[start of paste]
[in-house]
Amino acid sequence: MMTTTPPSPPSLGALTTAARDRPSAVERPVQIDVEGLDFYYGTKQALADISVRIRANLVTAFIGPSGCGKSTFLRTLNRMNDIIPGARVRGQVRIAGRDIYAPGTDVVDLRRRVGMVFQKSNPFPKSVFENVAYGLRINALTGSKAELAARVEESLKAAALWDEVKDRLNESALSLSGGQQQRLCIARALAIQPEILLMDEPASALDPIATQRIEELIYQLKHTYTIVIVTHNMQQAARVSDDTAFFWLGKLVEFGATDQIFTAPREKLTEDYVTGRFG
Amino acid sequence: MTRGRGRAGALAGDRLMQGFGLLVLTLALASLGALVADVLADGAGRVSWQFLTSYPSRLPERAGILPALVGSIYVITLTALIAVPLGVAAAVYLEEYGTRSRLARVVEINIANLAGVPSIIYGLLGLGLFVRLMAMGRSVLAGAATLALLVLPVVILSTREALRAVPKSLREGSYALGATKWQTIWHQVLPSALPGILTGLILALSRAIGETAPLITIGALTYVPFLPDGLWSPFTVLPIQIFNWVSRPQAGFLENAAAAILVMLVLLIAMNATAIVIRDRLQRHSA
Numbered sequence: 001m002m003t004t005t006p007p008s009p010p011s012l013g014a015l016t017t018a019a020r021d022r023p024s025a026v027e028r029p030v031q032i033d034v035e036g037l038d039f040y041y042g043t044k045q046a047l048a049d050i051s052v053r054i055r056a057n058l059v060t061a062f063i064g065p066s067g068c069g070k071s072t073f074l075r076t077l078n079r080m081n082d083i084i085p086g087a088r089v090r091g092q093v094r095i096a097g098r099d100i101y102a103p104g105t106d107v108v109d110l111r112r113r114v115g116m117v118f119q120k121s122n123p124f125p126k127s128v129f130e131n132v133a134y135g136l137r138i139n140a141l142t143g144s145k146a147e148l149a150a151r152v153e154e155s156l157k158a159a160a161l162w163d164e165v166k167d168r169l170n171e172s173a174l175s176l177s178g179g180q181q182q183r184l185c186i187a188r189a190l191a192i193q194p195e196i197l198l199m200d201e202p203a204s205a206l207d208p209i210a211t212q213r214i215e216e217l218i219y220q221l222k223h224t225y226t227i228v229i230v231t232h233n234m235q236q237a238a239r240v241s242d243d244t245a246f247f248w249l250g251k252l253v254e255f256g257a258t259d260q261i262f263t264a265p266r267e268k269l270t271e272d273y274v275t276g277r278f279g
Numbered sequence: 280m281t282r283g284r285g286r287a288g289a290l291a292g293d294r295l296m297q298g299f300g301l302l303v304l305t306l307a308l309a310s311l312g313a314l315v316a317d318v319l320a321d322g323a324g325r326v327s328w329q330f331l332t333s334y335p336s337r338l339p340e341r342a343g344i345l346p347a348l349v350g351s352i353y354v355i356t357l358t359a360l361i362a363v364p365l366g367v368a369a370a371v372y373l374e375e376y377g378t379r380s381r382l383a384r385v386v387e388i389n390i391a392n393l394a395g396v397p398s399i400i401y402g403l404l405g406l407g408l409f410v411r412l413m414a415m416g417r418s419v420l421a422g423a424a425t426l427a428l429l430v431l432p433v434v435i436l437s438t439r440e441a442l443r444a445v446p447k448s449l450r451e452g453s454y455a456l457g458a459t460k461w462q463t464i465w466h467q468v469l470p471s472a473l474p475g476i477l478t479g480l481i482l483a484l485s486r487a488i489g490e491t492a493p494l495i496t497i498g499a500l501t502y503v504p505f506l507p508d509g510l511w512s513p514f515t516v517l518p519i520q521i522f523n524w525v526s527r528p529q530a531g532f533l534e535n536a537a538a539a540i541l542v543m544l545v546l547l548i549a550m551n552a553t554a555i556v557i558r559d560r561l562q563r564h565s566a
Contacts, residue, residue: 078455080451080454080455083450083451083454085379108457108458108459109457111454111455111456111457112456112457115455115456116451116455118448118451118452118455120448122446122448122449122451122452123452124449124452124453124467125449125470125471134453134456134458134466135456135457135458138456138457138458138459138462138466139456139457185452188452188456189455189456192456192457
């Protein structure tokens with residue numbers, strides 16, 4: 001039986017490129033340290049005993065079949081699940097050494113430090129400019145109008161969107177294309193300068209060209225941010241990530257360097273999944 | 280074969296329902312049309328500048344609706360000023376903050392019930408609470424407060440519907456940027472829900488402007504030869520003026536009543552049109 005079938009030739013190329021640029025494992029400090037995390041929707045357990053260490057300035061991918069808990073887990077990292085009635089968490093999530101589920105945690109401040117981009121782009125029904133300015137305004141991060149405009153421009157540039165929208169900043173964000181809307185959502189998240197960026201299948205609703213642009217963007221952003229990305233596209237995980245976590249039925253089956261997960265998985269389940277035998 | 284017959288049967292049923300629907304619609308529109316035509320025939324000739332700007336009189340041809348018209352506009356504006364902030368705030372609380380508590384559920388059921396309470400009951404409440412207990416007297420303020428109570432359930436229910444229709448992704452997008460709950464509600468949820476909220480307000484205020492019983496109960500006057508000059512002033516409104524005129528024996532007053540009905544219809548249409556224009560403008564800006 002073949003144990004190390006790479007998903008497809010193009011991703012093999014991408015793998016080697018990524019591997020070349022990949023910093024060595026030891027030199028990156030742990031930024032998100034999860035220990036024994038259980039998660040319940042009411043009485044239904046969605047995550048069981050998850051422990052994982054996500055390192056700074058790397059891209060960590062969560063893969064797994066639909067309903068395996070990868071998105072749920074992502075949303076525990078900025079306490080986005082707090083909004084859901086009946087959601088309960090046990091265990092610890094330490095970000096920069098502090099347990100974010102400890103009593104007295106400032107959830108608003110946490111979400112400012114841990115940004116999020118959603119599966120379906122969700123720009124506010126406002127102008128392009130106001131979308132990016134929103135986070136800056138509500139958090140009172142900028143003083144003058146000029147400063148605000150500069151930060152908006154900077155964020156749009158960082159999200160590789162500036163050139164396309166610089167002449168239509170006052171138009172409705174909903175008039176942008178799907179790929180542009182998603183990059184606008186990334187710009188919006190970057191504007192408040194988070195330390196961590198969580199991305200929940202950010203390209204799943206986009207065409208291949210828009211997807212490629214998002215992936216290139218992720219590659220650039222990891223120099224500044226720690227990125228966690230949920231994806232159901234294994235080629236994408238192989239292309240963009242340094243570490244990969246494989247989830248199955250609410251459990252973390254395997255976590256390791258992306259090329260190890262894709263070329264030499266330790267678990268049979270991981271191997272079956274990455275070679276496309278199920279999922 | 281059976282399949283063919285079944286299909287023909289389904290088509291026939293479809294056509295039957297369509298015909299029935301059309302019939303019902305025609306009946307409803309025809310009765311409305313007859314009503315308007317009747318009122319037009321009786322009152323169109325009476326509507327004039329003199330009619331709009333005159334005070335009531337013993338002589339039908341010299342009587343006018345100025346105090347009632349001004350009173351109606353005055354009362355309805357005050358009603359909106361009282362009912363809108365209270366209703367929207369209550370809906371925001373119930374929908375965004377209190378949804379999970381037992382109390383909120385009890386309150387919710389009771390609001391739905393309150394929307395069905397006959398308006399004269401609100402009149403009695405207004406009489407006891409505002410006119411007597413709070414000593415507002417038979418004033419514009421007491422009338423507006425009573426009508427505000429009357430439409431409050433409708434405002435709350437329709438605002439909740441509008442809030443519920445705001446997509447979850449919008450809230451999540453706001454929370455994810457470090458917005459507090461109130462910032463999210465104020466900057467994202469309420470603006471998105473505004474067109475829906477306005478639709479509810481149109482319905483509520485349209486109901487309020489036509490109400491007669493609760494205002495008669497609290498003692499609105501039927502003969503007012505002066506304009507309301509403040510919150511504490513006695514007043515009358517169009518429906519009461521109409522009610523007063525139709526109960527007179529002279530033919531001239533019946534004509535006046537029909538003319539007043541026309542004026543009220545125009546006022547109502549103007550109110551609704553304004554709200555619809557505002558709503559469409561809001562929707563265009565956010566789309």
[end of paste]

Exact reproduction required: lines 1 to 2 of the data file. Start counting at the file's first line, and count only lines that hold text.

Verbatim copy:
[in-house]
Amino acid sequence: MMTTTPPSPPSLGALTTAARDRPSAVERPVQIDVEGLDFYYGTKQALADISVRIRANLVTAFIGPSGCGKSTFLRTLNRMNDIIPGARVRGQVRIAGRDIYAPGTDVVDLRRRVGMVFQKSNPFPKSVFENVAYGLRINALTGSKAELAARVEESLKAAALWDEVKDRLNESALSLSGGQQQRLCIARALAIQPEILLMDEPASALDPIATQRIEELIYQLKHTYTIVIVTHNMQQAARVSDDTAFFWLGKLVEFGATDQIFTAPREKLTEDYVTGRFG